Or maybe this was a misleading post. The correct answer is probably no, there's no world implied in this adventure apart from the generic world of 2nd edition AD&D. But of course you could invent one from scratch if you wanted.

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Re: Tell me about A Hero's Tale (1996) by Monte Cook

Post by Big Mac » Tue Feb 03, 2015 6:43 pm

ripvanwormer wrote:There's no reason you couldn't create a new setting for A Hero's Tale to be in, but the module is intentionally very generic so there's very little about it that suggests one. It would be a world populated by humans and standard AD&D monsters, and perhaps a distant past when supernatural chaos was more potent than it has been in many centuries (that doesn't mean the present age was boring or mundane). There are a few towns detailed but no hint of larger political divisions. None of it is mentioned in other sources.
Thanks. I was wondering if it might connect to other adventures published the same time. Or if it might be something that was recycled later, for something like Elsir Vale. (I hear people suggesting that Elsir Vale and Nentir Vale are connected, although I don't think it is specifically stated anywhere.)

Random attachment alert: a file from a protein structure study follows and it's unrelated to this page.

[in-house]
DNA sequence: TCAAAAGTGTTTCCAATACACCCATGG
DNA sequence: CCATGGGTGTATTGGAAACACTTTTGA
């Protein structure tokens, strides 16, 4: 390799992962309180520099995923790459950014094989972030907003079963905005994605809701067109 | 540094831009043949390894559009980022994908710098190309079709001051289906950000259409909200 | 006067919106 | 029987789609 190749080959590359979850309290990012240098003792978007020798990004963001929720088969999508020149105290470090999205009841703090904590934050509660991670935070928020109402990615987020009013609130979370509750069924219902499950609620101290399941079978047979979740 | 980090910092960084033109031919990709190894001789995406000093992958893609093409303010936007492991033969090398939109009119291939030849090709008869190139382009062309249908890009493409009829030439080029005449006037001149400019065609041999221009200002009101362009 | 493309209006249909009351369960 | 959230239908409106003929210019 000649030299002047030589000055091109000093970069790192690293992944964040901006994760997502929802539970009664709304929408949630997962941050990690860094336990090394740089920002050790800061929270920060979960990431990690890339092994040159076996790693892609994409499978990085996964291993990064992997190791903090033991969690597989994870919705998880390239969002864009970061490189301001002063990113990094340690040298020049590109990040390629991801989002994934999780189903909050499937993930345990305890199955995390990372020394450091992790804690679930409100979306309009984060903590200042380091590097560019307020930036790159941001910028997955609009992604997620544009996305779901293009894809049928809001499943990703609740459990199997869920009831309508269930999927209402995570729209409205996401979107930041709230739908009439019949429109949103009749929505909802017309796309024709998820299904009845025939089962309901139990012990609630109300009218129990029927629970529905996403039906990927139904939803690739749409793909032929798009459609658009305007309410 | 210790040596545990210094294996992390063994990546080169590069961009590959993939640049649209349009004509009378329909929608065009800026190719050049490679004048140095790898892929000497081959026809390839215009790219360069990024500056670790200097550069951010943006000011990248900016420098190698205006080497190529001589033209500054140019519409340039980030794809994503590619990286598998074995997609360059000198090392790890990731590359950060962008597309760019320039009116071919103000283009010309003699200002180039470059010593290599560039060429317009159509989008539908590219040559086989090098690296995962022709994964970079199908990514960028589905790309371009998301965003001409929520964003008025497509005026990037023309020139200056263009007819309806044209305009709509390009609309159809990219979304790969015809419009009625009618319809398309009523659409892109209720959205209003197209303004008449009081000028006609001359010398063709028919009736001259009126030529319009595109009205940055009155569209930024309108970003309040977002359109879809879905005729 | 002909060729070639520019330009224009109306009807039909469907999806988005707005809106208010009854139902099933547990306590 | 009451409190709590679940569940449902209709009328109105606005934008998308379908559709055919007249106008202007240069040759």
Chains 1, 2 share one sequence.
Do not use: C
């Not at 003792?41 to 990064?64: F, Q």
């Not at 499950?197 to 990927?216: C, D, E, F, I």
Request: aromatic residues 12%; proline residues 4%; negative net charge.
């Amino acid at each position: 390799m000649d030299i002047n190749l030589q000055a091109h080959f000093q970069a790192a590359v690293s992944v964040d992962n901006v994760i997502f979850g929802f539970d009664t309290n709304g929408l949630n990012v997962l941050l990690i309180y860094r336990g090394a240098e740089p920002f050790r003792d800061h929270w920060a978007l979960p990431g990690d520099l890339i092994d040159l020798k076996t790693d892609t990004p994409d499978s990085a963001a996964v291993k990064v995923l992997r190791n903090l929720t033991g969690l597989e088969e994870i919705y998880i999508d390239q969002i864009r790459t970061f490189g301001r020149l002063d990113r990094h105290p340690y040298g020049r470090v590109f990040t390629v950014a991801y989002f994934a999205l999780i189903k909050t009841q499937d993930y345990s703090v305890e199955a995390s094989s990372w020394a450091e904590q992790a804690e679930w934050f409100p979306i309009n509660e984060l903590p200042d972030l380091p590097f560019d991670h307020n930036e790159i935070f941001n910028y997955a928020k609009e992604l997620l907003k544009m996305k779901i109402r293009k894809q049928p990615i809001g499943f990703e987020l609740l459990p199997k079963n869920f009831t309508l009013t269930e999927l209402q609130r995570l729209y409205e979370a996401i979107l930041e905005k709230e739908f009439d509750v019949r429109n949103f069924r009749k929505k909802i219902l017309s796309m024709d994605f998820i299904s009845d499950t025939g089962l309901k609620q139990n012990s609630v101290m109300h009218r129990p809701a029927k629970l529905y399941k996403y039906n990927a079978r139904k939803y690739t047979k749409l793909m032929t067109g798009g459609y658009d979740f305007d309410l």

ripvanwormer wrote:If I were going to build a world for this setting, I'd probably pull in more Monte Cook ideas like the Galchutt from Chaositech, an ancient race of fiends whose influence might be behind the rising chaos. There's also the Lifebane from Labyrinth of Madness, which might also tie in with the Galchutt, and the Dyris from that module might be a more prevalent ancient race whose civilization left ruins across the continent. The Malhavoc Press supplement When a Star Falls might provide ideas about a supernatural meteor impact that provided the star from which the artifact was forged. Maybe many gods were left dead by the ancient wars with Chaos, so Requiem For a God could get a lot of use. The fallen star might actually be the heart of a fallen god.
Good call. I've thought of doing that sort of thing myself, for other products.

I wonder if Monte Cook had anything in mind, when he was writing A Hero's Tale. :)